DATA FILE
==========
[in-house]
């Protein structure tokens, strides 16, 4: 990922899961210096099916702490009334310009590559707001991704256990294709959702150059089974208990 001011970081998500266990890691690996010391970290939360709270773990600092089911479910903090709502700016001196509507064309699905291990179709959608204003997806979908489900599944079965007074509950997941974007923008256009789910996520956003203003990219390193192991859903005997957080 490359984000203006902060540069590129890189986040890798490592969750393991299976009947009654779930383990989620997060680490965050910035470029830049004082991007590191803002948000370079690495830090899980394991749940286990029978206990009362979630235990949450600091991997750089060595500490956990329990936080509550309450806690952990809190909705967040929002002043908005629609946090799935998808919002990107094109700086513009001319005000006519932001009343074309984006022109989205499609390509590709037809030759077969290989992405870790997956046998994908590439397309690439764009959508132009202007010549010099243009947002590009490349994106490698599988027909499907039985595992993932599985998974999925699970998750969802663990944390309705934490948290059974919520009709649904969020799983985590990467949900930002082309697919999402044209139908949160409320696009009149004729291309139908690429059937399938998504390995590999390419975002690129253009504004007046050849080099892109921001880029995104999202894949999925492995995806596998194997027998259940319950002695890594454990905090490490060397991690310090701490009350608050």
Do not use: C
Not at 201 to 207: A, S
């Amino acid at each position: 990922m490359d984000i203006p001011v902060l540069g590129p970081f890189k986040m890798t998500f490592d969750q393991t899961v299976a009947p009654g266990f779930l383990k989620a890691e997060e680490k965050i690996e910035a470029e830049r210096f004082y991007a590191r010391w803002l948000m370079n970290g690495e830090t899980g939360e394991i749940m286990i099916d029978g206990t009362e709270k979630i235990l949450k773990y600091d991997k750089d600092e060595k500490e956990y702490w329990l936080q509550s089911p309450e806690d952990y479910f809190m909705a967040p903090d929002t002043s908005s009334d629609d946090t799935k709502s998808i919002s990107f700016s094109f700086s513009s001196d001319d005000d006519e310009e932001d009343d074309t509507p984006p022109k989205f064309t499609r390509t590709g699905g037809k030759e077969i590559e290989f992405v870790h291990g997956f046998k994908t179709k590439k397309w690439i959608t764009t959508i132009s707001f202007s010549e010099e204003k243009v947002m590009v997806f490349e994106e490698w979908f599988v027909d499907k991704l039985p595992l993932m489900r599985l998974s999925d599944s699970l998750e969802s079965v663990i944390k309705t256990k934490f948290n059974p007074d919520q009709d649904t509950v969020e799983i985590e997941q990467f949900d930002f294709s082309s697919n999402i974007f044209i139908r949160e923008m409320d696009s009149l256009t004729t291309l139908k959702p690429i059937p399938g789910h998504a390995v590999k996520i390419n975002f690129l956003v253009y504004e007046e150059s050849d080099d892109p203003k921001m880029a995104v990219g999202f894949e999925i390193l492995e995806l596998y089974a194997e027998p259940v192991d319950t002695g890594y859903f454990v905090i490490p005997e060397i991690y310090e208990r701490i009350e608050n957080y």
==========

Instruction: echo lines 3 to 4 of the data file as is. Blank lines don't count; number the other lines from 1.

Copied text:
Do not use: C
Not at 201 to 207: A, S